Samoan makes post-pandemic Wuhan documentary

A Samoan student currently studying in China has produced a documentary on learning the Wuhan language dialect in the Chinese city’s post–pandemic era. 

The documentary by Philton Solomona, who is currently studying music at the Central China Normal University, is titled “Wuhanese: The Language of Heroes” and is more than 10 minutes long. 

It is based on the journey of the Samoan student as he learns the Wuhan language dialect and is part of the Looking China Youth Film Project, which is dedicated to providing a brand-new perspective on China for global audiences.

In a response to questions sent by the Samoa Observer, Mr Solomona said the documentary was a “Looking China” activity, which is usually given to video/photography student majors to experience Chinese culture and make videos based on their experiences.

“This year the opportunity was given to us foreign students as other students are not allowed into China yet,” Mr. Solomona said.


He said video production took 17 days and he also explained that he was not in Wuhan at the height of the COVID-19 pandemic, and only returned to Wuhan shortly after the lockdown was lifted.

“Wuhan is slowly and carefully putting her life back together. Everyone is more conscious about hygiene and when boarding public transport we must always wear a mask,” he said.

Mr. Solomona further explained that to get into most places one also needs a health code, but he is of the view that it is now safe.

“Before shooting the video I had been learning bits and pieces here and there but Wuhan is so big that the Wuhan dialect itself is divided into different smaller dialects, depending on which part of Wuhan you are from,” he said.

The “Wuhan Dialect Manual” was written in the early days of the pandemic to assist medical volunteers from different provinces, who were finding it difficult to communicate with the locals.

Mr Solomona said his interview with the editor of the language manual, Dr. Bian Zhouyan, is also included in the documentary.

“Written in four sections, it consists mainly of vocabulary words and small phrases. It was written in two days and my team and I were fortunate enough to interview the editor of the Manual herself Dr. Bian Zhouyan,” he said.


Asked if his documentary had any feedback, Mr Solomona said: “A few days after we sent our video in, we were asked to make an English version, but due to our schedules that were already pushed back and some equipment failure, we ultimately decided to keep it the way we did it.”

“All the music in this documentary is original. The song at the end was written in the Wuhan dialect. 

“I had asked one of my classmates to help write the lyrics and I wrote the music. When planning this song I had already a list of elements that simply had to be in it.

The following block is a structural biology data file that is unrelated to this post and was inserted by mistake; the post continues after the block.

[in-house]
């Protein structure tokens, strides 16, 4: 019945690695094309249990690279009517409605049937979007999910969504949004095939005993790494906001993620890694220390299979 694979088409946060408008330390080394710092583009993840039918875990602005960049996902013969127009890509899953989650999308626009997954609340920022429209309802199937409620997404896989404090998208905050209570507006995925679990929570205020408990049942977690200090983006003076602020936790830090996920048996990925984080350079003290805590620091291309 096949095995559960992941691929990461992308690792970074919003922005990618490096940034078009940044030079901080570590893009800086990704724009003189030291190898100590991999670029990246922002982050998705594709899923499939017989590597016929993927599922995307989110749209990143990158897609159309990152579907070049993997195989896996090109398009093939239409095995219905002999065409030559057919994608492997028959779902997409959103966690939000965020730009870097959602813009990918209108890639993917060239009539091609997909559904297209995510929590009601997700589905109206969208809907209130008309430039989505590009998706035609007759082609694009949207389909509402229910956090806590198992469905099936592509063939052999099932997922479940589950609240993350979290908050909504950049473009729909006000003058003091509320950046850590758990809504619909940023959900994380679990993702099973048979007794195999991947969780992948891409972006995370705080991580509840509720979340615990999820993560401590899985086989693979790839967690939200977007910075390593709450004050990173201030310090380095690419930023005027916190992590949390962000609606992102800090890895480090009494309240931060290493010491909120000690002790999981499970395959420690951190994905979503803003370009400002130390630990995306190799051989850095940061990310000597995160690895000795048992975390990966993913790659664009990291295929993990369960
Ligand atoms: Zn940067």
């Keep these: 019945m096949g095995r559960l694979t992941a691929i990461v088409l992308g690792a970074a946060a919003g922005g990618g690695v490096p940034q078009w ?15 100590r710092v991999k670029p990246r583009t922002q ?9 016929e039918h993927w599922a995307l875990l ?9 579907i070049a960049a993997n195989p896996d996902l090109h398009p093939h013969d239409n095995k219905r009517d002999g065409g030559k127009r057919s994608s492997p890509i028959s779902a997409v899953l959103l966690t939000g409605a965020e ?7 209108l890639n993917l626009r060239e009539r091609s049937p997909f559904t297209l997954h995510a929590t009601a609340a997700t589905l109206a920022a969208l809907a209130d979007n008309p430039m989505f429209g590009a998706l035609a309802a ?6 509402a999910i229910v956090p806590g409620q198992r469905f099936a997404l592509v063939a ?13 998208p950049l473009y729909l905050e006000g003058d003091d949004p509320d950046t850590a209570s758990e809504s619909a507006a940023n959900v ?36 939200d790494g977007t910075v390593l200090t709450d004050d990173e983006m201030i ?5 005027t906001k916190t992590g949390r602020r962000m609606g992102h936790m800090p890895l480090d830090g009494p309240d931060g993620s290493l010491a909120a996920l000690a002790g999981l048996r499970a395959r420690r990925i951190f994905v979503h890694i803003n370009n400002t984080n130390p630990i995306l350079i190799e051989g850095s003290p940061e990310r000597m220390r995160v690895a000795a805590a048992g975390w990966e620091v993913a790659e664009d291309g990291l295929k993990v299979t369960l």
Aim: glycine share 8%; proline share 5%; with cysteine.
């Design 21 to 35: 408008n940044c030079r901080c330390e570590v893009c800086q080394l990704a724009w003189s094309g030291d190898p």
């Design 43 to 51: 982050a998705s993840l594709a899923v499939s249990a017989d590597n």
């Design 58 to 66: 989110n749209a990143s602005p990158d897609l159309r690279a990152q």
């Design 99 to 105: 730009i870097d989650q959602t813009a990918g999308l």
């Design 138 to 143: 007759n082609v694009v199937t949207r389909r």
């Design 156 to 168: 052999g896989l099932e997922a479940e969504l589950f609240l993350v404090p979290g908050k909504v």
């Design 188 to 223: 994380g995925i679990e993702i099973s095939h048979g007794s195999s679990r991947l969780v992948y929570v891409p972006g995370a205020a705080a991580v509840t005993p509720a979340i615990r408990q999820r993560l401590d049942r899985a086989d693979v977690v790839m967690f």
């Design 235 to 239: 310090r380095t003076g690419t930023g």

“Because the title of the documentary is 'Wuhanese: Language of Heroes' the main song had to have elements of heroism. 

“The brass section that comes after the chorus with its major chord progressions and the use of the traditional chinese bass drum.”

Mr Solomona also attempted to incorporate his perspective of the impact of the coronavirus on Wuhan city, especially at the time when the city of 11 million people was deserted due to the lockdown.

“I also wanted to use the 808 drum kit for the main percussion to put it in modern times as the lockdown happened this year,” he said.

“Wuhan is more popularly known for its rap culture so this song definitely had to have a rap. Wuhan is also where the bells at the forbidden palace in Beijing are made so bells had to be added.

“A solemn yet somewhat uplifting rap song written for Wuhan. At the beginning I wanted to show how eerie it was in Wuhan, as the city was practically empty during the lockdown, so I used a chapel organ to create the background humming.” 

Mr Solomona doesn’t plan to make any more documentaries in the near future as according to him, the biggest lesson he learnt from the experience is that videographers are not well paid.

Nonetheless, he is of the view that making documentaries is one of the hardest arts out here and he has a lot more respect for camera crews and editors.

“I would like to thank my teammates  Liu Jiahui (team leader), Li Huizhi and Zheng Ziao for a really fun 17 days. 

“Also to Zhao Minghao and Yao Ke for the lyrics, rapping, singing, recording and for bearing with me as we did this song in a span of a few hours.

“Thank you also to Ms. Ding Yudan for waking up extra early and driving us to do our shooting.”

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